Our Water and Wastewater Facilities Need Rebuilding. But Who Will Step Up to Pay the Bill?

But only if somebody else, or nobody, has to pay for it. And if that’s the case, how will it ever get built or rehabbed?

As I write this, President Biden has offered an infrastructure plan that includes substantial funds for water and wastewater infrastructure. And much else, of course.

Everybody likes that general idea. Everyone knows our infrastructure needs investment. Everyone knows that building and fixing infrastructure creates good-paying jobs. Everyone knows that sound infrastructure is fundamental to a strong economy and a secure nation.

There’s only one problem. No one wants to pay for it. And as long as that is true, how will anything ever get done?

Means of avoidance

When it comes to paying a couple trillion dollars for an infrastructure plan, there are all kinds of dodges and fantasies. One is that public/private partnerships can magically cover the majority of the cost. The idea here is that we can get the private sector to build things with a certain percentage of public funding, and then the private sector can impose user charges.

That might be feasible for highways and bridges, which can be financed by way of tolls, but I have yet to see toll-funded sewers or water mains or treatment plants. User charges, yes, but the size of investment needed for the water and sewer infrastructure would in many, if not most cases dwarf homeowners’ and businesses’ ability to pay in that manner.

Another fantasy, which I heard a governor espouse on a Sunday talk show, is we can pay for infrastructure by “growing the economy.” In other words, set policies that lead to more high-paying jobs, thus more tax revenue, which in turn will pay the bills. That sounds good, but I have yet to see an explanation of exactly how this works or a shred of evidence that it can.

Tax the other guy

Another school of thought says the plan has to be accompanied by specific sources of revenue, which mostly means taxes. And taxes are fine with everyone, as long as the tax is on someone else. The saying, as a lobbyist once put it to me, goes like this: “Don’t tax you. Don’t tax me. Tax that fella behind the tree.”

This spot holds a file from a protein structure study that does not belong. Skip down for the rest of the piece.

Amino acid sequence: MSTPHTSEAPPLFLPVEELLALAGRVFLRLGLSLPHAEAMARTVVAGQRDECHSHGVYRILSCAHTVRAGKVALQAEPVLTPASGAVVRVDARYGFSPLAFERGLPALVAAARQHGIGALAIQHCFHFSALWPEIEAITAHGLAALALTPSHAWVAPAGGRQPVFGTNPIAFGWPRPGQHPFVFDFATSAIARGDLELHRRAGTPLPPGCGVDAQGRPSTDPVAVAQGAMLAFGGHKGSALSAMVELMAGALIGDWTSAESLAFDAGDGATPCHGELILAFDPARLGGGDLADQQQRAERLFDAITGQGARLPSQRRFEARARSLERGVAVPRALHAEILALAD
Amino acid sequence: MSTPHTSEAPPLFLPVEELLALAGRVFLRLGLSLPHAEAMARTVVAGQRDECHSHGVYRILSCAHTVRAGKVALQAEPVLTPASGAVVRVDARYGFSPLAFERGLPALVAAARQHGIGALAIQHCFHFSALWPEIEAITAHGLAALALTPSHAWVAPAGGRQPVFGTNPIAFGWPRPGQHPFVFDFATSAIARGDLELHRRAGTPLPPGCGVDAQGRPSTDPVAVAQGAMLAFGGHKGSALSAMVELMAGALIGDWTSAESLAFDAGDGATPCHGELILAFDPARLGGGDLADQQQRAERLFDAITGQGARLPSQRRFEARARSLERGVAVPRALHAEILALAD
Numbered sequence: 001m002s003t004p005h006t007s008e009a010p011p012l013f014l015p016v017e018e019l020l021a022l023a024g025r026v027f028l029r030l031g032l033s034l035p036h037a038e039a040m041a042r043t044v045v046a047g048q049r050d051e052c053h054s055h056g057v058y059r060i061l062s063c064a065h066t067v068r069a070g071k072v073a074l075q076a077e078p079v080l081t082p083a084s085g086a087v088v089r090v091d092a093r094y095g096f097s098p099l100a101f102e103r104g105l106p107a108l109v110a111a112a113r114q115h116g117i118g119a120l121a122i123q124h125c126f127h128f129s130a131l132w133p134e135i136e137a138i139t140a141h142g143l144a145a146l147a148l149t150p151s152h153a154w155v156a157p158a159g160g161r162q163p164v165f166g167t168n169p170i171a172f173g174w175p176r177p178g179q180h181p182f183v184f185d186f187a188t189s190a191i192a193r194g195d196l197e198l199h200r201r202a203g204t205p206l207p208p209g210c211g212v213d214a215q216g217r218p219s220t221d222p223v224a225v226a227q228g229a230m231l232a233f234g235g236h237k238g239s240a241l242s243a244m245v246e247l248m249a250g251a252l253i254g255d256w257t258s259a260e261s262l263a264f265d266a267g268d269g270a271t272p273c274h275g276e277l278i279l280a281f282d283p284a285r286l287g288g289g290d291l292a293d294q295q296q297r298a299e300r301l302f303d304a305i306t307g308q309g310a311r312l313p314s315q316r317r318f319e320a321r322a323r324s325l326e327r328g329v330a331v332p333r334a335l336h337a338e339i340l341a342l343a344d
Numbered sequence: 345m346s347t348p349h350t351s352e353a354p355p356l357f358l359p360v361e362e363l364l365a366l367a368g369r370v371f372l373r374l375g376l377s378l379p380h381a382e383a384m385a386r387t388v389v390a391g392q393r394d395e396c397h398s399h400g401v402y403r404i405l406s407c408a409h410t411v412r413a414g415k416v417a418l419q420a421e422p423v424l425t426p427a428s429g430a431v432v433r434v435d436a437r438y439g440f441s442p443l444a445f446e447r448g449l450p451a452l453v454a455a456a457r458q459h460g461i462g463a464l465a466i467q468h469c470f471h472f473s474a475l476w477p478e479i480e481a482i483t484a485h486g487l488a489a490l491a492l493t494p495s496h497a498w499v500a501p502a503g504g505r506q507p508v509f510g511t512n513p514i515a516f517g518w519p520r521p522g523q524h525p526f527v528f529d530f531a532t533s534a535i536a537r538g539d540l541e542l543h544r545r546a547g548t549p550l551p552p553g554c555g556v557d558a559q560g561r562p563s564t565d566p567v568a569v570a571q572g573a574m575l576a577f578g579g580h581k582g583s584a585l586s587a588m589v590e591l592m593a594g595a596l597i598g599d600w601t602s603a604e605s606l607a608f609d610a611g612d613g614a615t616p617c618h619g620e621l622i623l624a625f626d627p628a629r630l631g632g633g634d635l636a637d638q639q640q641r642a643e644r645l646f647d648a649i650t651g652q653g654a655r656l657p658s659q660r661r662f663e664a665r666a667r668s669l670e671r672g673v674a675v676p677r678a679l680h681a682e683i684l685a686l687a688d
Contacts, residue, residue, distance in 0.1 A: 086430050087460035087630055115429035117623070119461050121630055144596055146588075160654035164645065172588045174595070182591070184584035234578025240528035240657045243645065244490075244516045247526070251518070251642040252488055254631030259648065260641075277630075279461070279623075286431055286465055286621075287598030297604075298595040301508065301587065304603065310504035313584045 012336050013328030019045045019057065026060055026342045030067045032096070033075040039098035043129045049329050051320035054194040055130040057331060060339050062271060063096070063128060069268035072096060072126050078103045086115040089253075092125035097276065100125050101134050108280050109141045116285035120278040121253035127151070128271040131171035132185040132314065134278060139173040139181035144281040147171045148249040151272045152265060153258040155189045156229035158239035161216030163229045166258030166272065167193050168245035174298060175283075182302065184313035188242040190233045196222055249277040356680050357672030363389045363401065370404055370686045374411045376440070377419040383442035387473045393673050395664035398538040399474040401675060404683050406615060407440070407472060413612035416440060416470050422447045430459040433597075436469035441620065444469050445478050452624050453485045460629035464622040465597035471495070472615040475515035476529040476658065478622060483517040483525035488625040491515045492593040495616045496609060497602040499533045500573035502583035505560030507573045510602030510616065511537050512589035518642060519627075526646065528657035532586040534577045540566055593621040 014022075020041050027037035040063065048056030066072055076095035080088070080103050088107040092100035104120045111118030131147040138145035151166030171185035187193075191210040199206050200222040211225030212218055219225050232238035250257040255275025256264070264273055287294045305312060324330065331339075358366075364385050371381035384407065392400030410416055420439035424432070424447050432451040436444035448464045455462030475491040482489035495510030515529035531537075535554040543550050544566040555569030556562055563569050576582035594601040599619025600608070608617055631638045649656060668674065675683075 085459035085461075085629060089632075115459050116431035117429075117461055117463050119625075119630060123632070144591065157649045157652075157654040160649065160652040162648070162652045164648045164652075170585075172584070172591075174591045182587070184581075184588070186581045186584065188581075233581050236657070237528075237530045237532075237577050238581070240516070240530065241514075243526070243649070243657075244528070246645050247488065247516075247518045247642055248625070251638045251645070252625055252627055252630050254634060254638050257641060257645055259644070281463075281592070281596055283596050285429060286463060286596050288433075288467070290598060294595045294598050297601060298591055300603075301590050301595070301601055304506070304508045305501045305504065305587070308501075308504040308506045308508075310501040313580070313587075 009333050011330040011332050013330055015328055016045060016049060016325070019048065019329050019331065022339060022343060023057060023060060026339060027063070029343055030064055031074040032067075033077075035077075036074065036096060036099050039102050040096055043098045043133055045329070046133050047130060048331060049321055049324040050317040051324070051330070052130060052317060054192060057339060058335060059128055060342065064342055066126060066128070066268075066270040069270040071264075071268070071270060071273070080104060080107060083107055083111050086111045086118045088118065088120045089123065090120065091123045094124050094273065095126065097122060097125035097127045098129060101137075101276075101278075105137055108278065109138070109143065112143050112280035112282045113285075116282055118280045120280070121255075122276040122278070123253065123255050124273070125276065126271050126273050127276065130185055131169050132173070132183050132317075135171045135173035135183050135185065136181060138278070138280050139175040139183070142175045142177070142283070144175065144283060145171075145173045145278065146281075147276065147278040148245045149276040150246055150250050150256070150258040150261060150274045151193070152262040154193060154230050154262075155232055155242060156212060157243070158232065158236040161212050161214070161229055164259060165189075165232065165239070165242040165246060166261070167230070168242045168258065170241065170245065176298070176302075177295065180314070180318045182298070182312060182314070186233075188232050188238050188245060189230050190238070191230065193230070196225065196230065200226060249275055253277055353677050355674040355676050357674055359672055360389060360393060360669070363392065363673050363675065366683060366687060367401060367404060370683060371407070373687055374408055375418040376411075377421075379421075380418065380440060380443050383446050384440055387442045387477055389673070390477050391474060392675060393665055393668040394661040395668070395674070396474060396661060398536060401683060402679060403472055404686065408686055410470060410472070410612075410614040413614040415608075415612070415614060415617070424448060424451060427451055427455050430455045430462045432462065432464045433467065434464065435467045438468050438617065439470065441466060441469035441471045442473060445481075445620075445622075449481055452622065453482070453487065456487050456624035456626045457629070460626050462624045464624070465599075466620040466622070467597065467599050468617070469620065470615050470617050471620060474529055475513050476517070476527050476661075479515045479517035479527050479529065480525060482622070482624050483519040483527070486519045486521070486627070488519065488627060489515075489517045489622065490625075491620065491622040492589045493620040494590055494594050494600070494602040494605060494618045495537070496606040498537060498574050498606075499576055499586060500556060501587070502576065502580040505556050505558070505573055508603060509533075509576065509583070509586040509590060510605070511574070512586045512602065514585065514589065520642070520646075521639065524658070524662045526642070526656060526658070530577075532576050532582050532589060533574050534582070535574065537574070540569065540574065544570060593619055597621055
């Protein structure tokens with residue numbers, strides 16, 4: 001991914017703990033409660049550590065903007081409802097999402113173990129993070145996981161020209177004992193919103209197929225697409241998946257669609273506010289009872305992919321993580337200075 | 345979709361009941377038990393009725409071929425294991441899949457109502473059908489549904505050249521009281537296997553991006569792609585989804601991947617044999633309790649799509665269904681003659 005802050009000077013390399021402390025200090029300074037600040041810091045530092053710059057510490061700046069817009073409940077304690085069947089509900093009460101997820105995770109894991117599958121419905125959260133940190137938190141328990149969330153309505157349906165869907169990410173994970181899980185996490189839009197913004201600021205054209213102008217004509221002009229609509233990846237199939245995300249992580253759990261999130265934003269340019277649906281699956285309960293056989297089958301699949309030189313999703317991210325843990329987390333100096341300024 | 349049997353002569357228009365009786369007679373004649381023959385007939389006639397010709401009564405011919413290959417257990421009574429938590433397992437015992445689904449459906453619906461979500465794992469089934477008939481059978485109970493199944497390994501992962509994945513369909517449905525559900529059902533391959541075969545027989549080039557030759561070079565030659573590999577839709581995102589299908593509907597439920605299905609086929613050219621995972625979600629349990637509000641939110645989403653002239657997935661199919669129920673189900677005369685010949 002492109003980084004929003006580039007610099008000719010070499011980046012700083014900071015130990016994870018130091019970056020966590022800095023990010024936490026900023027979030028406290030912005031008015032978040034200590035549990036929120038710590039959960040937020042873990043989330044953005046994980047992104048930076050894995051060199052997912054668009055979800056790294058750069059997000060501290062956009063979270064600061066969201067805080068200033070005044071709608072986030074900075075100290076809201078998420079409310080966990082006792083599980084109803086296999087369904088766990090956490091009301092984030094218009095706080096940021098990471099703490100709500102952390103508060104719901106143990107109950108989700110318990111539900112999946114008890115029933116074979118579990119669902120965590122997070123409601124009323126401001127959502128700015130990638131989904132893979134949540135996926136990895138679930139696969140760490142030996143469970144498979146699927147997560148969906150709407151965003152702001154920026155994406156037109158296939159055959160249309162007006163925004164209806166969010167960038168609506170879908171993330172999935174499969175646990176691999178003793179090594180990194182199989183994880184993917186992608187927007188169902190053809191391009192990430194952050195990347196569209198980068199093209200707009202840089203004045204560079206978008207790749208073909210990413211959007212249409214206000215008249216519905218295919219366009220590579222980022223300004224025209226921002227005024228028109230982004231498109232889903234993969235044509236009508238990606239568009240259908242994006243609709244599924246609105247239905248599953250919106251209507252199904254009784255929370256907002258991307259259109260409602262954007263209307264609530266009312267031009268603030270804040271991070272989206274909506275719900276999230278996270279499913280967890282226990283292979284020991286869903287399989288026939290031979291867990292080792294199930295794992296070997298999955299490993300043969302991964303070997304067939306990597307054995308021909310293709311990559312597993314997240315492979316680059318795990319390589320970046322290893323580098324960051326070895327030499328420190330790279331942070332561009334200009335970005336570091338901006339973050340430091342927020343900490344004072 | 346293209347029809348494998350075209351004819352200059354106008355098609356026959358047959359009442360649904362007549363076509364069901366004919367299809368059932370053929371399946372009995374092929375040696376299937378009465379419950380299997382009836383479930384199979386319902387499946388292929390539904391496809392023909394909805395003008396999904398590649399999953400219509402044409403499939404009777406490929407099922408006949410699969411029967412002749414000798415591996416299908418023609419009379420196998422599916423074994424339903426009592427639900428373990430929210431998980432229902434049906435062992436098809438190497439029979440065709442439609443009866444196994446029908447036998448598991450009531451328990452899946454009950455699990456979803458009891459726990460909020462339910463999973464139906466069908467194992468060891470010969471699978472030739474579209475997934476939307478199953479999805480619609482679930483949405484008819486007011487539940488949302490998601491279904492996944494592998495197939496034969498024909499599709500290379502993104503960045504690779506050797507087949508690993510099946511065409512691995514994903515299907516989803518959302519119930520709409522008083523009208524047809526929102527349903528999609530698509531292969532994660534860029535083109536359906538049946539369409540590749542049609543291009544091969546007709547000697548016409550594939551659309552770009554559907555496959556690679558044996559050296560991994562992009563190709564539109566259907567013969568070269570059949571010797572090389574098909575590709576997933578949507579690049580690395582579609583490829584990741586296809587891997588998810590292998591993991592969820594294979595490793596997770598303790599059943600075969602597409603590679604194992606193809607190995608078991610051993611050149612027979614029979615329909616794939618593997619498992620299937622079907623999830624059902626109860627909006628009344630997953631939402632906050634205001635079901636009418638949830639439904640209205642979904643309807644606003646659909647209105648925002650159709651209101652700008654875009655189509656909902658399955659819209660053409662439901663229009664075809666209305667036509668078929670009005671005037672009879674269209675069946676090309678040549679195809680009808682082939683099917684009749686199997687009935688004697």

So the president’s plan as first announced was to raise a couple trillion dollars by increasing taxes on corporations. Of course, the corporations don’t like that, and nor do the Republicans in Congress; that basically makes the idea a non-starter as long as there is such a thing as a filibuster in the Senate.

But if not corporations, then who? The president has pledged not to raise taxes by a single penny on any person or family earning less than $400,000 a year. His party certainly aligns with that, and so do the Republicans who don’t believe in raising taxes, on anyone, at any time, for any reason whatsoever.

But it’s doubtful that enough money could be wrung out of high earners (millionaires, billionaires) to cover trillions in spending. So then, what does that leave?

The default

What it leaves is the national credit card, which has been used for decades to fund wars, a vast Medicare drug program, disaster aid after many catastrophic storms, massive tax cuts, COVID relief and much more. Will we pay for infrastructure that way, too? And send the national debt over the $30 trillion mark (if it isn’t there already)?

I get a little tired of hearing politicians proclaim that we can never raise taxes on “hardworking Americans.” Sure, we work hard, but how or why should that exempt us from paying more in taxes for national necessities that benefit all of us?

Taxes have been repeatedly cut over the past few decades and, contrary to popular folklore, not only for the wealthy and corporations. What’s wrong with revisiting the tax structure and finding fair, equitable ways to pay for big, expensive things that we all know we need?

And what’s wrong with starting from the assumption that we should all contribute in some proportion to our ability to pay? If we can agree on that basic principle, then maybe we can make a start toward reliable funding for infrastructure and other critical priorities.   



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